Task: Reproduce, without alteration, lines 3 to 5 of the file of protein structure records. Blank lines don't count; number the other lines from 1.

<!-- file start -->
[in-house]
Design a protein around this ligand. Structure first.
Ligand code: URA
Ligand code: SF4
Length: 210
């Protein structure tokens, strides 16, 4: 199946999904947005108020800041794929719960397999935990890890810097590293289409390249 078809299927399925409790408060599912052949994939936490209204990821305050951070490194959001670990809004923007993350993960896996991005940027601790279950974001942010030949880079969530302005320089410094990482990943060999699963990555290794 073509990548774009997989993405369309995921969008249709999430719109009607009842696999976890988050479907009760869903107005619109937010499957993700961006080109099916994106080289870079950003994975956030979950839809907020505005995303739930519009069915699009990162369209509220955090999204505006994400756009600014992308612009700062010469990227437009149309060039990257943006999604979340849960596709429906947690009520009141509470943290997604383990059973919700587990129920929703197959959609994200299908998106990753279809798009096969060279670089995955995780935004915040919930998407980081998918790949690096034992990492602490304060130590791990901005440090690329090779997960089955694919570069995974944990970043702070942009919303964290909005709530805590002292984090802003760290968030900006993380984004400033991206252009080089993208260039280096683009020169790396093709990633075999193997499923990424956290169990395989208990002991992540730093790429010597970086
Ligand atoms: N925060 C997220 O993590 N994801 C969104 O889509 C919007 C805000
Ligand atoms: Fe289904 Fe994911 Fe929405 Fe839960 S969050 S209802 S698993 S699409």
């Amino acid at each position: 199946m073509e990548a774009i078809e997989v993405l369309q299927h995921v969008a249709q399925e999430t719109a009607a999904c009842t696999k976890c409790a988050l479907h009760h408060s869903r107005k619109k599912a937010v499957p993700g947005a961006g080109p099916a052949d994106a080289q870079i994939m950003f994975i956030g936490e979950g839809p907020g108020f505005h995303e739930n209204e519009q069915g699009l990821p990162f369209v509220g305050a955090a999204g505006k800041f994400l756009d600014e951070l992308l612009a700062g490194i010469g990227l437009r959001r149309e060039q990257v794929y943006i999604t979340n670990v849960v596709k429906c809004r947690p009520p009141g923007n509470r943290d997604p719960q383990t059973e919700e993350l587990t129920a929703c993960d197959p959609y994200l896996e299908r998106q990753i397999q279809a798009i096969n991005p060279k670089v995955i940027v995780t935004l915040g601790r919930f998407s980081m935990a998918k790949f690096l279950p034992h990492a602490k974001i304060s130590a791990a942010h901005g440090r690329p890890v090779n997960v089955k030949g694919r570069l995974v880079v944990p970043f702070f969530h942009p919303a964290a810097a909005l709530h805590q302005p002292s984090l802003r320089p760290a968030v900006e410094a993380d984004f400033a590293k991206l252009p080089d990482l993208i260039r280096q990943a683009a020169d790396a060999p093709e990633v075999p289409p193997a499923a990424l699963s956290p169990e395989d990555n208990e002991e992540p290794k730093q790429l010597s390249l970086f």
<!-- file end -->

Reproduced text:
Ligand code: URA
Ligand code: SF4
Length: 210